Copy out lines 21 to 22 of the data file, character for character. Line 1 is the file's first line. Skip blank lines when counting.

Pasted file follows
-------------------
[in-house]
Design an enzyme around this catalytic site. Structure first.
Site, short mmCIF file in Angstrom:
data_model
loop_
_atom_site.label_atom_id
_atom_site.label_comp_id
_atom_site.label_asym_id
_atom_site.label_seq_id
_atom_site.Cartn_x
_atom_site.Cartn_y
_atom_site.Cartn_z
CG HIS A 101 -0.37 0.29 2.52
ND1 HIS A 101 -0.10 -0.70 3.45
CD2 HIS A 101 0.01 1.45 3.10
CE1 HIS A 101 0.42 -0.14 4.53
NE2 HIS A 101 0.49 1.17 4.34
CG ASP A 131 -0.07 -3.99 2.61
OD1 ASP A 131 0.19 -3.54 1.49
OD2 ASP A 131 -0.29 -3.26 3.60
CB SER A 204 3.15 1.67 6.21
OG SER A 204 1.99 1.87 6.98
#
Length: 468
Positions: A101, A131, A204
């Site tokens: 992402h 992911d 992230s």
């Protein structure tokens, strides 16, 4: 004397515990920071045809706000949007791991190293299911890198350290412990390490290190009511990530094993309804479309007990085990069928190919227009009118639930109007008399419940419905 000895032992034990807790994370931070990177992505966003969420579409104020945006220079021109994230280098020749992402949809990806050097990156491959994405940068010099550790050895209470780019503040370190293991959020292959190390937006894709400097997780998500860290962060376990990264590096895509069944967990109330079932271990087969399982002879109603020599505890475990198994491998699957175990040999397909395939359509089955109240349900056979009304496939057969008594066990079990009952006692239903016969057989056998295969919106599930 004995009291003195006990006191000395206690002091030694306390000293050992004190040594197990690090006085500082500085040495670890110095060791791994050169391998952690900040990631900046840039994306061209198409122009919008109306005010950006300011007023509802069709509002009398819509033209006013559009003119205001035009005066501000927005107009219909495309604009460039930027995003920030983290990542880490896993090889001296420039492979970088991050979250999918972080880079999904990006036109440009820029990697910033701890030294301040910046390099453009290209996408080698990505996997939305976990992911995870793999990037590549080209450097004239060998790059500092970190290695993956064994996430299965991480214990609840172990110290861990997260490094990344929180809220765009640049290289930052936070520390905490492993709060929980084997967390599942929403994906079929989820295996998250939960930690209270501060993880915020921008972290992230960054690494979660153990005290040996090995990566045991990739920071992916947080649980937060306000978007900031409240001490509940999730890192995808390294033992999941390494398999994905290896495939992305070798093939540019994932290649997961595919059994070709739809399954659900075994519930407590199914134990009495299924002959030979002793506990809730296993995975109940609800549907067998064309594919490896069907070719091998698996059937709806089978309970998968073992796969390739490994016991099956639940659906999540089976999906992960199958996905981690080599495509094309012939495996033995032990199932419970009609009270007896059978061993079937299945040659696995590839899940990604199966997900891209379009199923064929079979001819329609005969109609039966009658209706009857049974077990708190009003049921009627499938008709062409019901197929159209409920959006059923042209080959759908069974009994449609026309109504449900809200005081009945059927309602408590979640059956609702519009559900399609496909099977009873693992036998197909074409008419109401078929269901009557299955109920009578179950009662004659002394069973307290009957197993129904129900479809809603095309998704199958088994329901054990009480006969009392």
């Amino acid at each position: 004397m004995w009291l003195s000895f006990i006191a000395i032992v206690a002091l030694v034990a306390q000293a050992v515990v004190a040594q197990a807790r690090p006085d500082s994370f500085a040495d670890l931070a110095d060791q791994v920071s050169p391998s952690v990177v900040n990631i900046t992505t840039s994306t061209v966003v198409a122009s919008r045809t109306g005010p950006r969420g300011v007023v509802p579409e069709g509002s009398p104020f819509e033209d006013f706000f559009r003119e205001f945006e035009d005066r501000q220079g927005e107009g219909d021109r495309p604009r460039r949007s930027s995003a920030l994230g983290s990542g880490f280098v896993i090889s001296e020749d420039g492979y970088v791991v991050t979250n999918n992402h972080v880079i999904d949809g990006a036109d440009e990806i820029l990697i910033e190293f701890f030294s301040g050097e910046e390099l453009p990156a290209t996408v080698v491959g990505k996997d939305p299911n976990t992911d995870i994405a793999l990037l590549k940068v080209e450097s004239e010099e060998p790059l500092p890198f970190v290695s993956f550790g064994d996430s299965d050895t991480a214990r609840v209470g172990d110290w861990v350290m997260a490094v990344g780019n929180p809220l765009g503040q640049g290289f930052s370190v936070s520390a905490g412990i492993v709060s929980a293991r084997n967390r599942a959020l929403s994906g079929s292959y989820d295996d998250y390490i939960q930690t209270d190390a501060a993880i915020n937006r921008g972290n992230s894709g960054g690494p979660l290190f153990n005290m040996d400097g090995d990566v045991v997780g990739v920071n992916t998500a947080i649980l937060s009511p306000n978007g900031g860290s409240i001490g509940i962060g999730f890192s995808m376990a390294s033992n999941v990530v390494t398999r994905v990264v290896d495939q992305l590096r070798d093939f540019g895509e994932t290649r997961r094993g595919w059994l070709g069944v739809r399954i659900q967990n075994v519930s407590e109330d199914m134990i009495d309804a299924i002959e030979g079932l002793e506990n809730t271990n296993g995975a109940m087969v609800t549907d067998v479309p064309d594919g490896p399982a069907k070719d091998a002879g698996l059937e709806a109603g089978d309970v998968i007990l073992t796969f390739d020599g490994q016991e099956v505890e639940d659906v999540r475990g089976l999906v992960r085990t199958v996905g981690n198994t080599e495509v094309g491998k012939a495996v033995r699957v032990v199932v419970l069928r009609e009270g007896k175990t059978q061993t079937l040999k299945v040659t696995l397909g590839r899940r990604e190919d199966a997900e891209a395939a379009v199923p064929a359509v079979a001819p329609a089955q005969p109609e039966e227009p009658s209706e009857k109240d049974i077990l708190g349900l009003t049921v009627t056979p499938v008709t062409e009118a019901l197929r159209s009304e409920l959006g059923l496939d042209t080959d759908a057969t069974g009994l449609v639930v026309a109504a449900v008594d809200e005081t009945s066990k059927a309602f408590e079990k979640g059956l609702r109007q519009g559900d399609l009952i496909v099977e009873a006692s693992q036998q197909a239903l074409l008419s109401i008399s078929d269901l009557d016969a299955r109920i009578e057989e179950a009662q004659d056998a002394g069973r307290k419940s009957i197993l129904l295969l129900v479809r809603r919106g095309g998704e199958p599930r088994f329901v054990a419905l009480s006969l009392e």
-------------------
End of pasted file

CB SER A 204 3.15 1.67 6.21
OG SER A 204 1.99 1.87 6.98